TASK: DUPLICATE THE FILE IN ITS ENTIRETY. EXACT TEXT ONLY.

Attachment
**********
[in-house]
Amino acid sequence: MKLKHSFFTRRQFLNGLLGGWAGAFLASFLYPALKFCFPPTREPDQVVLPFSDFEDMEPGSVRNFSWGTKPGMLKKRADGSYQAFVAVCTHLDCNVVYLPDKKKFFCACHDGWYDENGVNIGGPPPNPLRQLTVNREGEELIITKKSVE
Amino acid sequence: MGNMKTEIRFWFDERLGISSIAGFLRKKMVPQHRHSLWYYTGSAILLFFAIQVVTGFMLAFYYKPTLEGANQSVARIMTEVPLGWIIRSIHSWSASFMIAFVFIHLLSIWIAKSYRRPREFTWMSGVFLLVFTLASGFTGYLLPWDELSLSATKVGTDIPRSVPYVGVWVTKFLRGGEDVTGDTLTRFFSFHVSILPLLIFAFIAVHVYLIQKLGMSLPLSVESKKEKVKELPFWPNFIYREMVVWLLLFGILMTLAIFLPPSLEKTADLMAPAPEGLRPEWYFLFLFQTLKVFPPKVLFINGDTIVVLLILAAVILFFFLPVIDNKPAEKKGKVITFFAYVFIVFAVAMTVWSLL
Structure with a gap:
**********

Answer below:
[in-house]
Amino acid sequence: MKLKHSFFTRRQFLNGLLGGWAGAFLASFLYPALKFCFPPTREPDQVVLPFSDFEDMEPGSVRNFSWGTKPGMLKKRADGSYQAFVAVCTHLDCNVVYLPDKKKFFCACHDGWYDENGVNIGGPPPNPLRQLTVNREGEELIITKKSVE
Amino acid sequence: MGNMKTEIRFWFDERLGISSIAGFLRKKMVPQHRHSLWYYTGSAILLFFAIQVVTGFMLAFYYKPTLEGANQSVARIMTEVPLGWIIRSIHSWSASFMIAFVFIHLLSIWIAKSYRRPREFTWMSGVFLLVFTLASGFTGYLLPWDELSLSATKVGTDIPRSVPYVGVWVTKFLRGGEDVTGDTLTRFFSFHVSILPLLIFAFIAVHVYLIQKLGMSLPLSVESKKEKVKELPFWPNFIYREMVVWLLLFGILMTLAIFLPPSLEKTADLMAPAPEGLRPEWYFLFLFQTLKVFPPKVLFINGDTIVVLLILAAVILFFFLPVIDNKPAEKKGKVITFFAYVFIVFAVAMTVWSLL
Structure with a gap: